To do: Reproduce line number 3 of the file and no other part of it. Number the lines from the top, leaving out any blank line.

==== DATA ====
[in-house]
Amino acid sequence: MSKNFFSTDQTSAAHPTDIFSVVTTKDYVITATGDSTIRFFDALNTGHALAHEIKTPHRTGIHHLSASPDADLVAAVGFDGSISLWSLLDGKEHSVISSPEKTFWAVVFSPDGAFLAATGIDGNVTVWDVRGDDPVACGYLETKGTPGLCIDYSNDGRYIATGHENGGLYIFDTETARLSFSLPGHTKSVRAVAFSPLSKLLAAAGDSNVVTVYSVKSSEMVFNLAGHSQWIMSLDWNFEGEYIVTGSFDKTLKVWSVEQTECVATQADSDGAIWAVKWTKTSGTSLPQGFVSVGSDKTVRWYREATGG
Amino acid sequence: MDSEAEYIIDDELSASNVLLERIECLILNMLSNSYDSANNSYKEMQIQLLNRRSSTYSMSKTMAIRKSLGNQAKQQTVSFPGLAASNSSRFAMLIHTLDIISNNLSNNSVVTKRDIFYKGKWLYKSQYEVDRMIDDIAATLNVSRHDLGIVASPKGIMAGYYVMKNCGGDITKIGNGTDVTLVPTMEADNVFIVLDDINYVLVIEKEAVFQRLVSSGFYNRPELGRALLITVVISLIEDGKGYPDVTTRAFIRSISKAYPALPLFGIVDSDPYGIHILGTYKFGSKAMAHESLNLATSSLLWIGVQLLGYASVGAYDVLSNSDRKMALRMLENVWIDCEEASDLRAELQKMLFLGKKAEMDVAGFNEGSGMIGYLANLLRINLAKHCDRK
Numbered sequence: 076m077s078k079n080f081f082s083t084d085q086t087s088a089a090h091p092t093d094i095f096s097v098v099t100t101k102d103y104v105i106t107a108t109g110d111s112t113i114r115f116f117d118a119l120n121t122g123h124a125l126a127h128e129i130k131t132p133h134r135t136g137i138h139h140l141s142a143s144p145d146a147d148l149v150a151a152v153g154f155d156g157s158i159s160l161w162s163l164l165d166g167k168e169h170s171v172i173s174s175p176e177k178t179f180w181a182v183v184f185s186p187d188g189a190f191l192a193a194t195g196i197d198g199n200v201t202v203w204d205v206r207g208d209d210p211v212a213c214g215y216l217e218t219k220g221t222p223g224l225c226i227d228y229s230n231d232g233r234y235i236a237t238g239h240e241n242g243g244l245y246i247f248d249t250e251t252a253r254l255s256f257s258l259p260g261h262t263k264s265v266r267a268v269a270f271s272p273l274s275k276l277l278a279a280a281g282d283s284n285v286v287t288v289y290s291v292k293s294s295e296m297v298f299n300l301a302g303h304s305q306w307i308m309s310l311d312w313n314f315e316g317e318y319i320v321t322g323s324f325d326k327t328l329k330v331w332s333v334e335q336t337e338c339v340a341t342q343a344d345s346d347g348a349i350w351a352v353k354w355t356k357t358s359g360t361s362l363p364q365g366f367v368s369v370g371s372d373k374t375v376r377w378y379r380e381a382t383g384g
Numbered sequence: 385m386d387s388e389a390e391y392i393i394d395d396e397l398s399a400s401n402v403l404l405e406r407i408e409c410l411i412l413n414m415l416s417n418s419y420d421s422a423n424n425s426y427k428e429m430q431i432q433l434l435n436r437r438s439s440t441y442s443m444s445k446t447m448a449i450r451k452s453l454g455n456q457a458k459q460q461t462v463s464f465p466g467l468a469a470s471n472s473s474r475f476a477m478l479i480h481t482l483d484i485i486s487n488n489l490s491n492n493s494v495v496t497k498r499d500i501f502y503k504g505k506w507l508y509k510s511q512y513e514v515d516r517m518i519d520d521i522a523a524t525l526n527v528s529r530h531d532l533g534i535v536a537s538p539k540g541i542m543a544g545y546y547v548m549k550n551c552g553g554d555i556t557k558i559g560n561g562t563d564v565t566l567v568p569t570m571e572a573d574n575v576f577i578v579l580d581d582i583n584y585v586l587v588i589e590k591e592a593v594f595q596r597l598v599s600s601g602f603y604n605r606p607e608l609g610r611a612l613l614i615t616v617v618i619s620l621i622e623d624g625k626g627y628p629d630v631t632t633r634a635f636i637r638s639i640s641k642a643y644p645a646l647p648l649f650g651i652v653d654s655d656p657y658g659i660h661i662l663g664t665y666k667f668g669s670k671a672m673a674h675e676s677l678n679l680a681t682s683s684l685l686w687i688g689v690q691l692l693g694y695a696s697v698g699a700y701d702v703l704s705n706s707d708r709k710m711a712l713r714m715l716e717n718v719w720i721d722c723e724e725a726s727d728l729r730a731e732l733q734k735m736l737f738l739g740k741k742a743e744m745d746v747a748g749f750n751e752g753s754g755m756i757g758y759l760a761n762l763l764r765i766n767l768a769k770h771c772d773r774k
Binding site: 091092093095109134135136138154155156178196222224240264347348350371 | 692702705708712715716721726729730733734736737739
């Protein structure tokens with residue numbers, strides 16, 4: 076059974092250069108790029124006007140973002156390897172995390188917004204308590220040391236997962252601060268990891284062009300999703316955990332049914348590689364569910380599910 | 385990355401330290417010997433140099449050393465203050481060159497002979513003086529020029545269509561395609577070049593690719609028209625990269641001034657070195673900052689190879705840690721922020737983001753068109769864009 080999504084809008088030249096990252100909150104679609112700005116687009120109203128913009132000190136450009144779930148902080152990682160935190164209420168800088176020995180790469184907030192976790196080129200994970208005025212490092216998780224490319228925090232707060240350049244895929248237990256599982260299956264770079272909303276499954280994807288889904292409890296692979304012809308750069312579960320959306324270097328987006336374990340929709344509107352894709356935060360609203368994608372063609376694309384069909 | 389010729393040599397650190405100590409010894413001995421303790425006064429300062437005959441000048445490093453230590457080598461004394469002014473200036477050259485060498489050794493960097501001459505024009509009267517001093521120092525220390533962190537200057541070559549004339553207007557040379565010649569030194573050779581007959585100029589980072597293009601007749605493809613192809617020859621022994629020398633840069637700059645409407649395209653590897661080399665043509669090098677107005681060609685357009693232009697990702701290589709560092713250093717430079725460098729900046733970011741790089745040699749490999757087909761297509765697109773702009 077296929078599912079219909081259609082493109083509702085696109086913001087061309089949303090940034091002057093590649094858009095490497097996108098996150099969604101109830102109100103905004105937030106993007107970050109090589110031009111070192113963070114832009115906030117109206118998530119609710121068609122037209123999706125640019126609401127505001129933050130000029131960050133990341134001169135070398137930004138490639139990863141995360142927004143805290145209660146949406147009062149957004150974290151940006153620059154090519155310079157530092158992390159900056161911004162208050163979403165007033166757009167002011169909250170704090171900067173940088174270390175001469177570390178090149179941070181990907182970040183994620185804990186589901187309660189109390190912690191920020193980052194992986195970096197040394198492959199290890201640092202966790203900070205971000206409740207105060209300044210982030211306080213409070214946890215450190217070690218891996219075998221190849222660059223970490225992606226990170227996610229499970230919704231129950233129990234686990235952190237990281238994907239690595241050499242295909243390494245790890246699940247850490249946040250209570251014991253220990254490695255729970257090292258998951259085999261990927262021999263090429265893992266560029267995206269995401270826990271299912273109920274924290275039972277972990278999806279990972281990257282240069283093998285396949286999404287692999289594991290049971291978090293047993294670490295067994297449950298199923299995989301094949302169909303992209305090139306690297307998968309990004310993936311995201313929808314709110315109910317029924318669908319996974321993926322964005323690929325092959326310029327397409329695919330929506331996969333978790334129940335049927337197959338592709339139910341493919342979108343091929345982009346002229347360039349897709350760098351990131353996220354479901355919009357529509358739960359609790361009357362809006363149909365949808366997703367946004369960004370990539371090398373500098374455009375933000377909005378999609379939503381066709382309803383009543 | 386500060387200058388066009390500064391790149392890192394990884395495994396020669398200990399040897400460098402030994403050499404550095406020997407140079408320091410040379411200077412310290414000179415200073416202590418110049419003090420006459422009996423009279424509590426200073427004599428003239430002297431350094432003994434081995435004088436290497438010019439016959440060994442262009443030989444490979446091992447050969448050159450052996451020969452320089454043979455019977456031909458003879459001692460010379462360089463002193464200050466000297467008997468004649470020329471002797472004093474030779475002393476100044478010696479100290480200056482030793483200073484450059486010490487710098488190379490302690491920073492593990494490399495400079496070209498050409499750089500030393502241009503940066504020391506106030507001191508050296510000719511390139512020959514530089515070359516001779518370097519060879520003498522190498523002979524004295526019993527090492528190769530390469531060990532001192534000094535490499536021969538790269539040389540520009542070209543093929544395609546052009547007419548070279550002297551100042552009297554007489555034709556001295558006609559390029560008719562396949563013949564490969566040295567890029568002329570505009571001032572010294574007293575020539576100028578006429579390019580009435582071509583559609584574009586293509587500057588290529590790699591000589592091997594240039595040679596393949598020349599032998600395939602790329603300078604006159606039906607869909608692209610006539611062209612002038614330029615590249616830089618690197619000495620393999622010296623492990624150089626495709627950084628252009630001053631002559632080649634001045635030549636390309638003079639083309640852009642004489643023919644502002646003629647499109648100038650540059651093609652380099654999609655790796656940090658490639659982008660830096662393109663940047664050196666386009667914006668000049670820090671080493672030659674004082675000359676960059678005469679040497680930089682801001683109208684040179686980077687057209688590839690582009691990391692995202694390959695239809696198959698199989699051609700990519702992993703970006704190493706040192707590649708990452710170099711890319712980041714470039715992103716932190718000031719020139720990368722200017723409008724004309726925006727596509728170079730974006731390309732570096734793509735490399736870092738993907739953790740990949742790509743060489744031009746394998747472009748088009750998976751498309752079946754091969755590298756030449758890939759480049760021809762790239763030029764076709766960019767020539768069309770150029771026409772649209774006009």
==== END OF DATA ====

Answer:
Amino acid sequence: MDSEAEYIIDDELSASNVLLERIECLILNMLSNSYDSANNSYKEMQIQLLNRRSSTYSMSKTMAIRKSLGNQAKQQTVSFPGLAASNSSRFAMLIHTLDIISNNLSNNSVVTKRDIFYKGKWLYKSQYEVDRMIDDIAATLNVSRHDLGIVASPKGIMAGYYVMKNCGGDITKIGNGTDVTLVPTMEADNVFIVLDDINYVLVIEKEAVFQRLVSSGFYNRPELGRALLITVVISLIEDGKGYPDVTTRAFIRSISKAYPALPLFGIVDSDPYGIHILGTYKFGSKAMAHESLNLATSSLLWIGVQLLGYASVGAYDVLSNSDRKMALRMLENVWIDCEEASDLRAELQKMLFLGKKAEMDVAGFNEGSGMIGYLANLLRINLAKHCDRK